China's state-owned enterprises (SOEs) reported a year of prosperity. Annual profits were forecast to surge 30 percent to nearly a trillion yuan (135.8 U.S. billion) this year, however, it was evident many still had a long way to go to become internationally competitive.
China currently has 152 centrally administered SOEs, all under the supervision of the State-owned Assets Supervision and Administration Commission of the State Council (SASAC). They embrace many leading enterprises in key sectors such as energy, mineral resources, transport, telecom, machinery manufacturing and defence, among others.
REFORMS LEAD TO GROWTH
The SOEs saw their combined assets climb to 14.6 trillion yuan in the January-November period, an increase of 21 percent over the same period a year earlier. Their number fell from 159 at the beginning of the year as a result of mergers and the sale of some aimed to improve the structure of state assets.
Meanwhile, the SOEs recorded gross profits totaling 918.66 billion yuan in the January-November period, up 31.7 percent from the same period last year. Net profits surged 33 percent to 552.21billion yuan.
Earlier statistics revealed that the total assets of central SOEs had already jumped 146 percent. In addition, profits increased two-fold when the number of SOEs dropped to about 160 last year from 196 in 2002.
Reforms were at the core of these impressive improvements of the SOEs, previously known for their "plump size and slack performance".
After China's SOEs were separated from administrative government bodies to exist as independent enterprises, a major shift from the planned economy, these enterprises went through further shareholder reforms to build themselves into real corporate entities.
In 2007, the pace of such reforms accelerated amid the country's efforts to further promote the leading role of these large enterprises, the "backbone" of the national economy, said Vice Premier Zeng Peiyan.
As an important part of shareholder reform, another nine central SOEs offered initial public offerings this year, adding to the 33 SOEs listed domestically and abroad since the listing scheme launched in 2003.
Li Rongrong, head of the SASAC, was supportive of the overseas listings of Chinese enterprises, saying overseas markets had more sophisticated approaches that could help improve management of Chinese SOEs.
In a pilot move, the SOEs began to have outside directors. This was meant to make decision makers more detached from executive staff to better protect the interests of the company and common shareholders.
Currently, 19 such SOEs, including China Baosteel Group and China Shenhua Group, have picked up 66 outsider directors. The outside directors at 17 companies consisted of half or more of their board of directors members.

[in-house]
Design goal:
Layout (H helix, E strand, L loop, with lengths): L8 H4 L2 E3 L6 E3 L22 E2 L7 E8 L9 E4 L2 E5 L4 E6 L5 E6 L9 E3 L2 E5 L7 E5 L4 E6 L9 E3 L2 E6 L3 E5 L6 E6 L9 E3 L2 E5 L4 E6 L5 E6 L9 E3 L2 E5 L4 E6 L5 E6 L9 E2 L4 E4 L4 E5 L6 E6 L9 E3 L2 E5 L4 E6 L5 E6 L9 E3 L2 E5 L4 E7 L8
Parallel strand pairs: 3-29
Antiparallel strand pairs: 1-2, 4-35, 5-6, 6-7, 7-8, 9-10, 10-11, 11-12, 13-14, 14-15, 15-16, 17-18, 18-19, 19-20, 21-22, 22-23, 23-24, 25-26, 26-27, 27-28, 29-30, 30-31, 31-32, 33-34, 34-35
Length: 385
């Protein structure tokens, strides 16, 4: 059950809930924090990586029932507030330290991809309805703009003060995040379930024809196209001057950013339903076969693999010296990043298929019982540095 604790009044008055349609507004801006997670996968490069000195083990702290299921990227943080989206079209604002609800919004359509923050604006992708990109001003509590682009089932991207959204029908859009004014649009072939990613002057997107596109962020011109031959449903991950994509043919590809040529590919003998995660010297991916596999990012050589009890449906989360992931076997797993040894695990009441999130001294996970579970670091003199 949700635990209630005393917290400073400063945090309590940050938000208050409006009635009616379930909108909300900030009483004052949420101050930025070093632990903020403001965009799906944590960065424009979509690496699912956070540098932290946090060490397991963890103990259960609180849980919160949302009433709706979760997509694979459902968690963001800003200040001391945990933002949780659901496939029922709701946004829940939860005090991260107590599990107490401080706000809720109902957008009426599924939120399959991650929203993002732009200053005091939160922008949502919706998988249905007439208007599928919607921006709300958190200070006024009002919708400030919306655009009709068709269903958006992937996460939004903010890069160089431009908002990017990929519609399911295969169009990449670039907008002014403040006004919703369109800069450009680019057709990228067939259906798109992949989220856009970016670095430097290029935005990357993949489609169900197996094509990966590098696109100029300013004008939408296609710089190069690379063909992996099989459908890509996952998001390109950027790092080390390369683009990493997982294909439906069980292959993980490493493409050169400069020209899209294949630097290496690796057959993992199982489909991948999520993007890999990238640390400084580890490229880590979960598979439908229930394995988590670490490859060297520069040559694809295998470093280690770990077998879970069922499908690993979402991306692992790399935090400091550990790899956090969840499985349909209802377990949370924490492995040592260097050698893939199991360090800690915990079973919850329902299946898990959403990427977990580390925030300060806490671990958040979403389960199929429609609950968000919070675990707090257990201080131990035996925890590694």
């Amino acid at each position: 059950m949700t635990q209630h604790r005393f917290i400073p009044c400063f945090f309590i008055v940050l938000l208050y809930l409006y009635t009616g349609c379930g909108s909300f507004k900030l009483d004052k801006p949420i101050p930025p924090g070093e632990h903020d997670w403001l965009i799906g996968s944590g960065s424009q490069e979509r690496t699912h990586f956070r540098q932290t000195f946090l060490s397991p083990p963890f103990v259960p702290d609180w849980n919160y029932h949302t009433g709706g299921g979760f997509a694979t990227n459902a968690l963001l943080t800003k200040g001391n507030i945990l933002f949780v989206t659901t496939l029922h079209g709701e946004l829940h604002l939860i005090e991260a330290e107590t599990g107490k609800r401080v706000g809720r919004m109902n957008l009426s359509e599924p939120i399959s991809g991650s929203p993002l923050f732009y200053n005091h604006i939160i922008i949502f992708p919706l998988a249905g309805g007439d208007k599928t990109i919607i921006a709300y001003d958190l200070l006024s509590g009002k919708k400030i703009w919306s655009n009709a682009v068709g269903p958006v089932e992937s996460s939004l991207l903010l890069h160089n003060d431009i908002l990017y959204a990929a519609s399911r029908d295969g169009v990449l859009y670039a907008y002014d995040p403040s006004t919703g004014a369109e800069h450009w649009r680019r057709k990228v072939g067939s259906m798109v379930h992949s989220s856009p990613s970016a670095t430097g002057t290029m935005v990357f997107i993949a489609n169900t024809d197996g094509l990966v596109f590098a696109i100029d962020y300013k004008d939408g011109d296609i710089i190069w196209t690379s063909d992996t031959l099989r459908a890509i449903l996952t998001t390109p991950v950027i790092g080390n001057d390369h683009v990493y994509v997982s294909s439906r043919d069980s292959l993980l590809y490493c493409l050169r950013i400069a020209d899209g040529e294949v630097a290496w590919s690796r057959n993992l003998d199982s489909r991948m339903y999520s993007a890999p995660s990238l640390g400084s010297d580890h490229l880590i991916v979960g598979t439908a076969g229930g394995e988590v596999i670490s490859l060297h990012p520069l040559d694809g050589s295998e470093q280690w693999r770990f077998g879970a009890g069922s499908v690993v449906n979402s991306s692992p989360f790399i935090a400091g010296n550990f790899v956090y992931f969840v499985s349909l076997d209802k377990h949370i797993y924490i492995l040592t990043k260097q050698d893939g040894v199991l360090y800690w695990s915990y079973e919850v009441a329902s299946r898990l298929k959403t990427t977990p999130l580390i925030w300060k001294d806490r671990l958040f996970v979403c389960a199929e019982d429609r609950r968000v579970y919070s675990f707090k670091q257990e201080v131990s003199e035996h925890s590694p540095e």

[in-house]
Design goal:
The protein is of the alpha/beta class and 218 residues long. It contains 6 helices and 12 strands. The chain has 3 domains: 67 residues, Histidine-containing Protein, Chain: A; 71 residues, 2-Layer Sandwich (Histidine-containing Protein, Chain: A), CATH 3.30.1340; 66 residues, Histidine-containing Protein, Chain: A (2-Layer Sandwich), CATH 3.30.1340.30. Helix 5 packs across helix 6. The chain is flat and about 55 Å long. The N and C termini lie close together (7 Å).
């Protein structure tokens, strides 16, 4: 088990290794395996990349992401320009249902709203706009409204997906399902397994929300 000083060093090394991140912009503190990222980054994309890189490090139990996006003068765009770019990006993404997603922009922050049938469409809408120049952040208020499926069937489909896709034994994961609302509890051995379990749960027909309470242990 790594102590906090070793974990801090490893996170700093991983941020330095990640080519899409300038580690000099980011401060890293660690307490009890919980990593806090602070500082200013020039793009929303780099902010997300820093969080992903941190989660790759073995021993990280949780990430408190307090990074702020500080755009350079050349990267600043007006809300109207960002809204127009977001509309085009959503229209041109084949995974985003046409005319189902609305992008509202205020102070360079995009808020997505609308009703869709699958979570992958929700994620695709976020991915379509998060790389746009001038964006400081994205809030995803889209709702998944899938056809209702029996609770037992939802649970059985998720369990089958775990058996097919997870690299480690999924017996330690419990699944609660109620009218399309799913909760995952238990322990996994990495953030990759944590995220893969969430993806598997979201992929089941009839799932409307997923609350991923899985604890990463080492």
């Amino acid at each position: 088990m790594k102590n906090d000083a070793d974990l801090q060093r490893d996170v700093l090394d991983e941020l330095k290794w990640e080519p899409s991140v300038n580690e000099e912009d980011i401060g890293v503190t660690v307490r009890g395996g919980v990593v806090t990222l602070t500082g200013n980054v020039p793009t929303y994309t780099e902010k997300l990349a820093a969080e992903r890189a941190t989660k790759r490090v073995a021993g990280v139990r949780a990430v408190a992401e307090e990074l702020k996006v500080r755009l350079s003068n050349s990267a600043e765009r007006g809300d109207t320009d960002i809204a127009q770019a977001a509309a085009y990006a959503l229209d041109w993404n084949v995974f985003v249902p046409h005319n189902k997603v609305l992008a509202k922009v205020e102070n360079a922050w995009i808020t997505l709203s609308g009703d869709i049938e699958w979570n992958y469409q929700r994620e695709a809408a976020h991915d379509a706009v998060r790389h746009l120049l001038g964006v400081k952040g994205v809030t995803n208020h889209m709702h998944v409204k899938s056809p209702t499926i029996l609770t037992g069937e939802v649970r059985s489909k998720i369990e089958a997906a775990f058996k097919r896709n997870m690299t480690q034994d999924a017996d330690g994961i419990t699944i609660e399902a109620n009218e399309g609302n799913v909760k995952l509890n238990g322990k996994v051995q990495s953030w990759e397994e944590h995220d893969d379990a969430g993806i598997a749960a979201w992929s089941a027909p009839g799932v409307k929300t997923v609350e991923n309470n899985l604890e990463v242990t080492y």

Since 2003, the SOEs started to recruit senior managerial staff in a more open way, whereas in the past these posts were not publicly available.
This year, 22 vacancies for high-level positions in central SOEs attracted 1,603 applicants. These included 25 foreigners and 10 from Hong Kong, Taiwan and Macau.
Li Fangyong, deputy general manager of China Aviation Industry Corporation I (AVIC I), and Jiang Zhenxin, deputy general manager of China Netcom Group, were among those who finally beat their rival competitors. No foreigners have been recruited yet.
"Reforms have pushed central SOEs onto the front-line of the market to compete with other enterprises, including international companies. It is this kind of competition that has marked up the competitiveness of these SOEs," said SASAC analyst Peng Huagang.
BRIGHT FUTURE AHEAD?
Chinese SOEs are still dwarfed in strength and core competitiveness when compared with multinationals and first-class international companies, said SASAC head Li Rongrong. He cited development imbalance among these enterprises, even within a single enterprise.
Nearly 70 percent of aggregate profits were generated by nine leading enterprises, including China Mobile, China National Petroleum Corporation, China Baosteel and the State Grid in 2006.
Corresponding information for this year was not revealed by the SASAC. It only said that shipbuilding, automotive and shipping enterprises were becoming new, significant profit earners, joining those in the petroleum, power generation and telecom sectors.
However, Li did express concern over the financial conditions of central SOEs at a working meeting recently held in Beijing. "Profitability of some enterprises was not well-grounded as their profits were concentrated in a few subsidiaries. Some enterprises reported a lower profit rate in core businesses compared with a year earlier," he said.
About 31.2 percent of newly-earned profits of central SOEs were in the category of non-regular revenue. "This non-regular revenue usually comes from return from investment in other than core businesses, largely investment in securities," said Liu Cheng, a University of Science and Technology Beijing professor.
Yet, experts believed the growth of enterprises was undoubtedly behind the profit surge of central SOEs, and investment returns from securities had made limited contribution to their profitability.
Profits earned by central SOEs have been increasing steadily since 1998, and there was no such fluctuation as to copy that of the stock market, said World Bank (WB) economist Zhang Chunlin.